Exit of Cromarty Firth-stacked oil rigs blocked as investigation launched

Ocean Princes at Port of Cromarty Firth
Ocean Princes at Port of Cromarty Firth

Scottish environmental authorities have blocked the departure of three oil rigs currently cold-stacked in Cromarty Firth.

Scottish Environment Protection Agency (Sepa) said it had been made aware of concerns about where the rigs would be taken for scrapping.

Sepa said its investigation was on-going and that the vessels would stay where they are until it has received reassurances from the owner.

Port of Cromarty Firth (PCF) today confirmed that the rigs being held are the Ocean Princess, Ocean Nomad and Ocean Vanguard, all formerly owned by Diamond Offshore Drilling.

PCF said they are now owned by GMS, a US-based firm which describes itself as the world’s largest cash buyer of ships for recycling.

Last week, RMT regional officer Jake Molloy and NGO Shipbreaking Platform, a Brussels-based coalition of non-governmental organisations, said they were worried the rigs would be transported to India or Bangladesh for scrapping.

Environmental and safety standards are understood to be lower in those countries than in Europe.

GMS has been contacted for comment.

Sepa chief officer John Kenny said today: “Last week Sepa was made aware of the imminent shipment of three oil rigs from the Cromarty Firth, and concerns about their destination and disposal.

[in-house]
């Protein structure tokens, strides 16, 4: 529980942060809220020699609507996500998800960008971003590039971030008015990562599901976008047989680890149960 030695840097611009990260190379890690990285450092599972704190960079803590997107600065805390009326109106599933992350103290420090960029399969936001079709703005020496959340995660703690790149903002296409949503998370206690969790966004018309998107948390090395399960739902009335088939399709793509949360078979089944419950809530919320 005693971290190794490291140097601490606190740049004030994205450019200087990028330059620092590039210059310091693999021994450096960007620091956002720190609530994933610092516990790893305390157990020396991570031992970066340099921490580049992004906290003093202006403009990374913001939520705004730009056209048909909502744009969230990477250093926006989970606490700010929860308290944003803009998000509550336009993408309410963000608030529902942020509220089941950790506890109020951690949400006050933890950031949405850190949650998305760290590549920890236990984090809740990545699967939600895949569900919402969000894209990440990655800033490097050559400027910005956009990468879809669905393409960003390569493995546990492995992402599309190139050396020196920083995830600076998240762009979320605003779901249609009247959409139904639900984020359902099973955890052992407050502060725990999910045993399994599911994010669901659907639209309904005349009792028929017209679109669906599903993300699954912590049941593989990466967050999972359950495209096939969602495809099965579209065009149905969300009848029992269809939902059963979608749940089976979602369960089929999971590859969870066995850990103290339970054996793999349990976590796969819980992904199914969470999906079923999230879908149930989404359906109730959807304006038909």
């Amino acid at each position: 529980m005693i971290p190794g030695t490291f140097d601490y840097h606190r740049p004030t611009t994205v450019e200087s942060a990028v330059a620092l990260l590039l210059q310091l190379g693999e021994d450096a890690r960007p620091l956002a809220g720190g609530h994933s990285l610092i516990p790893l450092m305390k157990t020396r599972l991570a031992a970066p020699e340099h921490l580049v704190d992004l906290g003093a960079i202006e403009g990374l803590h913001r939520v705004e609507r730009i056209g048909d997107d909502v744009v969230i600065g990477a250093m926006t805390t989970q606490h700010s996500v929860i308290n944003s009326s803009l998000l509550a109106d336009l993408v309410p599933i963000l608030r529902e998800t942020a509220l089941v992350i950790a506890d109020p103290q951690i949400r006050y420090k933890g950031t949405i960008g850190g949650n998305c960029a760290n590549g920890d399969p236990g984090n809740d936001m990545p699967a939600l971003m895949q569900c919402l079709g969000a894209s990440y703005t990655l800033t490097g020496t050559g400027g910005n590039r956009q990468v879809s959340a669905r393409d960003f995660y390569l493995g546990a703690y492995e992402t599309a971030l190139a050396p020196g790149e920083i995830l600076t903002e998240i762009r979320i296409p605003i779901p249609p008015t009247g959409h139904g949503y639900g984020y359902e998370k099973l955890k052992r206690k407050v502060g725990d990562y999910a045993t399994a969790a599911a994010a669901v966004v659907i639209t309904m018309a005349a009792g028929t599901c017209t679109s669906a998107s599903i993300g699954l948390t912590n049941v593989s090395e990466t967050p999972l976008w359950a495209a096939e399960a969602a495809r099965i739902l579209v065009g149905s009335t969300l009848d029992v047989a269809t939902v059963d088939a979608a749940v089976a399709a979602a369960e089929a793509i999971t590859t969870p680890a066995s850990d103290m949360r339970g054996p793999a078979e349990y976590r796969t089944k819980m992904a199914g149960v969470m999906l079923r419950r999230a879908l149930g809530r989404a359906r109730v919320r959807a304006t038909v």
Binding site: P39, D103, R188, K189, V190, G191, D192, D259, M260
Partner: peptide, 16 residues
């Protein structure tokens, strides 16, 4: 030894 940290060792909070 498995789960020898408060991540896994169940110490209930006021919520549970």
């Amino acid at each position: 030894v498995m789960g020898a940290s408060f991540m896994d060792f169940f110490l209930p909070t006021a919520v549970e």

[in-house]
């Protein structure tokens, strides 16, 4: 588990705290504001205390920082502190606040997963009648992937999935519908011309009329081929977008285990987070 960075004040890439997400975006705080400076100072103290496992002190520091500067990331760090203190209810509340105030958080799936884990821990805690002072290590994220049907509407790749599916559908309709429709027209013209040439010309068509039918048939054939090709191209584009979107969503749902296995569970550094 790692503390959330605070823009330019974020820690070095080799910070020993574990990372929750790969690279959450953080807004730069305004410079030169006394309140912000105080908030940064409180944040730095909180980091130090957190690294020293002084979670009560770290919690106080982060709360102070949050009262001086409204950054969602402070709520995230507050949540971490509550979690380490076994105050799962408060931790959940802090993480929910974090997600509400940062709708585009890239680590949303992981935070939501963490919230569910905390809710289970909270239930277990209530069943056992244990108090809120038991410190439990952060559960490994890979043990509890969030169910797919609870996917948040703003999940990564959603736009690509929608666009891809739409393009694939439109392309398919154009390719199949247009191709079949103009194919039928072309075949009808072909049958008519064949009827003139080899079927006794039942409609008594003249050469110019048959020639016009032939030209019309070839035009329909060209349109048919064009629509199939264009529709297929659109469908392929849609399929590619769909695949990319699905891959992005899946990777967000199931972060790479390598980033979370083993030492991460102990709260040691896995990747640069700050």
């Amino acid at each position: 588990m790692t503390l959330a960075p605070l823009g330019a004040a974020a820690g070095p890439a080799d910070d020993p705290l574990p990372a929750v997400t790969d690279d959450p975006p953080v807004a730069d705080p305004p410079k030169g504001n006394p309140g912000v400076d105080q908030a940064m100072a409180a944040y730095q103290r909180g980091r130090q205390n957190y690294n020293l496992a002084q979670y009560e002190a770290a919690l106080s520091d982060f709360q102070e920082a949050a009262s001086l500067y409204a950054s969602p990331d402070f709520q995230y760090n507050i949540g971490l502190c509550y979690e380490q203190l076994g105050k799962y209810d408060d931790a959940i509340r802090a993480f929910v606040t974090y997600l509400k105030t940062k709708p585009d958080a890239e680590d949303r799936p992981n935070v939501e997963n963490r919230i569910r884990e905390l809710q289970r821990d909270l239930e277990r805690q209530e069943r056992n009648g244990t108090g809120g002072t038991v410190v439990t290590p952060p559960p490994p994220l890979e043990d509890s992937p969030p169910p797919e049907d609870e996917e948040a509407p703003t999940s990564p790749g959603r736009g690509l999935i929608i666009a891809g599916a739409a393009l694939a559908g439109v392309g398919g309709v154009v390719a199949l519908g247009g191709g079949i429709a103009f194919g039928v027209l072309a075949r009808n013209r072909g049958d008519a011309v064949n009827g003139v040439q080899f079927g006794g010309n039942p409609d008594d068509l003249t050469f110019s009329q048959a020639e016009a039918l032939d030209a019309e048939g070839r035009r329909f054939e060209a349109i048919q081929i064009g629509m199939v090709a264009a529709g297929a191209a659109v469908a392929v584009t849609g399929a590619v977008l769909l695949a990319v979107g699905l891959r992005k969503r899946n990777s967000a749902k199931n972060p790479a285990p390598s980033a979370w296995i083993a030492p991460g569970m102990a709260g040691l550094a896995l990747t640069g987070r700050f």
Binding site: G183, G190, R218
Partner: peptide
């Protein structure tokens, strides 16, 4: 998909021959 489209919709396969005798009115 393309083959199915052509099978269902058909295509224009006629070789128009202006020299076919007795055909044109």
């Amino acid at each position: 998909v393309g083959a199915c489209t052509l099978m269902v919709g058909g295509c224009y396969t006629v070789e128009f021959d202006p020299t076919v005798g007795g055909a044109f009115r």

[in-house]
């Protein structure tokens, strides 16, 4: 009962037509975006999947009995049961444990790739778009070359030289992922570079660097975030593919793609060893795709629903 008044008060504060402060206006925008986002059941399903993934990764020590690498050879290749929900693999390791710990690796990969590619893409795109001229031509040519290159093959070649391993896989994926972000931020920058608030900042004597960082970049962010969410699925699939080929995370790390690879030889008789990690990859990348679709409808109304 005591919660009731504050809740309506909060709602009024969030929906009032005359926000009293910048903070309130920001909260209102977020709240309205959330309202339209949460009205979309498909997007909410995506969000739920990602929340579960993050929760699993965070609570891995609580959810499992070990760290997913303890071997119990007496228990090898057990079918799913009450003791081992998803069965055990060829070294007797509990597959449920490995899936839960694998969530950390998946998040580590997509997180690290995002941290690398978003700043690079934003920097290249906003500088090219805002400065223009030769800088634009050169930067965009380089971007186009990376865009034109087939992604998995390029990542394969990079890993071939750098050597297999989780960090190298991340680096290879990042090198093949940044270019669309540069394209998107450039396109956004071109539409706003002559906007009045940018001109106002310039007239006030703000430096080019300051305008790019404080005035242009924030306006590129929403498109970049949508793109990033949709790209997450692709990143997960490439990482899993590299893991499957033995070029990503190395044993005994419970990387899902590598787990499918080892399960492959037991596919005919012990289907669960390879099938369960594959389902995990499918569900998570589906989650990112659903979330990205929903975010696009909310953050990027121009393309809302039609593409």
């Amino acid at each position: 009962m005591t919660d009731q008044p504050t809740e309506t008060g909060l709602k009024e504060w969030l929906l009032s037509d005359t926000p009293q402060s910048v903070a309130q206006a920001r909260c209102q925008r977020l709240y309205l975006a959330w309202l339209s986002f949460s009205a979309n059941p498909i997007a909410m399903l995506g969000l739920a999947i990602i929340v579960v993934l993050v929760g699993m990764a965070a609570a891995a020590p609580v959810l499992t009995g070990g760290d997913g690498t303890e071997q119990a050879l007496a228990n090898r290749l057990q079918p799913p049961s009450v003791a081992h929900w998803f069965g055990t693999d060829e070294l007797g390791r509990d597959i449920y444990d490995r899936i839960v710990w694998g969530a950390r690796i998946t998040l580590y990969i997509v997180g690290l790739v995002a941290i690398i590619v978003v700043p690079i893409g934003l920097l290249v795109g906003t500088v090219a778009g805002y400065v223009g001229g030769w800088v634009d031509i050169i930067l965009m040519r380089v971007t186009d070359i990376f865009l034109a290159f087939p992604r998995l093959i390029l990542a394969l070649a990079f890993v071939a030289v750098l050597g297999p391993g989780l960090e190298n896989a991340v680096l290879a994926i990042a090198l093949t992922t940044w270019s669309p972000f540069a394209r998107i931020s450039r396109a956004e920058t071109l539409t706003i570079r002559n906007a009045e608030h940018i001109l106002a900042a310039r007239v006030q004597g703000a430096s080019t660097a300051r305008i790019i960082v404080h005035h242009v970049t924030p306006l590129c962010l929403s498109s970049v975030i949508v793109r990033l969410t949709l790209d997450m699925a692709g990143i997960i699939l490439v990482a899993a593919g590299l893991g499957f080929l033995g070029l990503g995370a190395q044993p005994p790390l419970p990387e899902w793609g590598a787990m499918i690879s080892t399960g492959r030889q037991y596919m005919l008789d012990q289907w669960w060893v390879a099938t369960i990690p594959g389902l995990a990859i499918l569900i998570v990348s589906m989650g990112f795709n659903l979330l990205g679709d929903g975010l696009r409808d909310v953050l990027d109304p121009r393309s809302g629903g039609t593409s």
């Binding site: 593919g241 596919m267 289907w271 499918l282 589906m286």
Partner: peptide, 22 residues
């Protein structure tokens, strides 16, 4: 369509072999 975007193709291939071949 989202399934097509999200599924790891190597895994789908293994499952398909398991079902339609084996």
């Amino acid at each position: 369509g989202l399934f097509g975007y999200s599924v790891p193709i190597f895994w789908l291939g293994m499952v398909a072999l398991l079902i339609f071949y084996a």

“Sepa experts in the transfrontier shipment of waste immediately began investigations to establish whether movement of the vessels would be in accordance with

European Commission Regulations for waste shipments and issued an immediate direction on 12 January 2018 preventing movement of the vessels.

“Our investigations are still on-going, and until we are satisfied that there would be no breach of regulations we have directed that the vessels remain undisturbed. We have notified the harbour authorities of this decision.”

Mick Cash, general secretary of the RMT trade union, said taking the rigs to Asia for decommissioning would be a blow for UK workers.

Mr Cash also condemned the UK Government for letting decommissioning work go overseas.

He said: “This is a kick in the teeth for offshore workers here, not to mention a continuation of the disgraceful practice of dumping ships and oil and gas infrastructure on

South Asian beaches, where workers are regularly killed and injured in highly dangerous and poorly protected conditions.

“160,000 jobs have gone from installations and the offshore oil and gas supply chain since 2014, yet the Government has failed to establish the growing decommissioning industry on terms that increase jobs and deepen the UK skills base.

“This Government seems incapable of getting a fair deal from the oil and gas industry and it must immediately commit to regulating the decommissioning sector in the interests of UK workers and the economy.”

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